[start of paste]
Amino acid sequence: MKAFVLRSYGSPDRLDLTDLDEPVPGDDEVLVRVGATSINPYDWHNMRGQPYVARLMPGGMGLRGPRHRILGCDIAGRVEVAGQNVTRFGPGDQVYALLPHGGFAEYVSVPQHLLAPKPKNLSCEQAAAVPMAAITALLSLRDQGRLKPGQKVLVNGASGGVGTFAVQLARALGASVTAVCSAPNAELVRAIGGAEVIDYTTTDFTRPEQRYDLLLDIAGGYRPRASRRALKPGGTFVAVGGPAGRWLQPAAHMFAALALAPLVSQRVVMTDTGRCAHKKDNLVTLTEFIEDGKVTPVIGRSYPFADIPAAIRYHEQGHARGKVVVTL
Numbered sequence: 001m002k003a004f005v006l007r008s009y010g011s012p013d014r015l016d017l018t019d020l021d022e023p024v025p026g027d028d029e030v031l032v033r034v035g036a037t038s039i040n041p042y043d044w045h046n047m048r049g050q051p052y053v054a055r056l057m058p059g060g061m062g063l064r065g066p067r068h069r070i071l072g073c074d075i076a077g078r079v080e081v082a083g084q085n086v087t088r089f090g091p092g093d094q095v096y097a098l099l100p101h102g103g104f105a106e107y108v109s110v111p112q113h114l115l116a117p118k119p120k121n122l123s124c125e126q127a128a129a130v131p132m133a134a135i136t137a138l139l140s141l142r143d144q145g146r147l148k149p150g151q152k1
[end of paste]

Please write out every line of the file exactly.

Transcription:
Amino acid sequence: MKAFVLRSYGSPDRLDLTDLDEPVPGDDEVLVRVGATSINPYDWHNMRGQPYVARLMPGGMGLRGPRHRILGCDIAGRVEVAGQNVTRFGPGDQVYALLPHGGFAEYVSVPQHLLAPKPKNLSCEQAAAVPMAAITALLSLRDQGRLKPGQKVLVNGASGGVGTFAVQLARALGASVTAVCSAPNAELVRAIGGAEVIDYTTTDFTRPEQRYDLLLDIAGGYRPRASRRALKPGGTFVAVGGPAGRWLQPAAHMFAALALAPLVSQRVVMTDTGRCAHKKDNLVTLTEFIEDGKVTPVIGRSYPFADIPAAIRYHEQGHARGKVVVTL
Numbered sequence: 001m002k003a004f005v006l007r008s009y010g011s012p013d014r015l016d017l018t019d020l021d022e023p024v025p026g027d028d029e030v031l032v033r034v035g036a037t038s039i040n041p042y043d044w045h046n047m048r049g050q051p052y053v054a055r056l057m058p059g060g061m062g063l064r065g066p067r068h069r070i071l072g073c074d075i076a077g078r079v080e081v082a083g084q085n086v087t088r089f090g091p092g093d094q095v096y097a098l099l100p101h102g103g104f105a106e107y108v109s110v111p112q113h114l115l116a117p118k119p120k121n122l123s124c125e126q127a128a129a130v131p132m133a134a135i136t137a138l139l140s141l142r143d144q145g146r147l148k149p150g151q152k1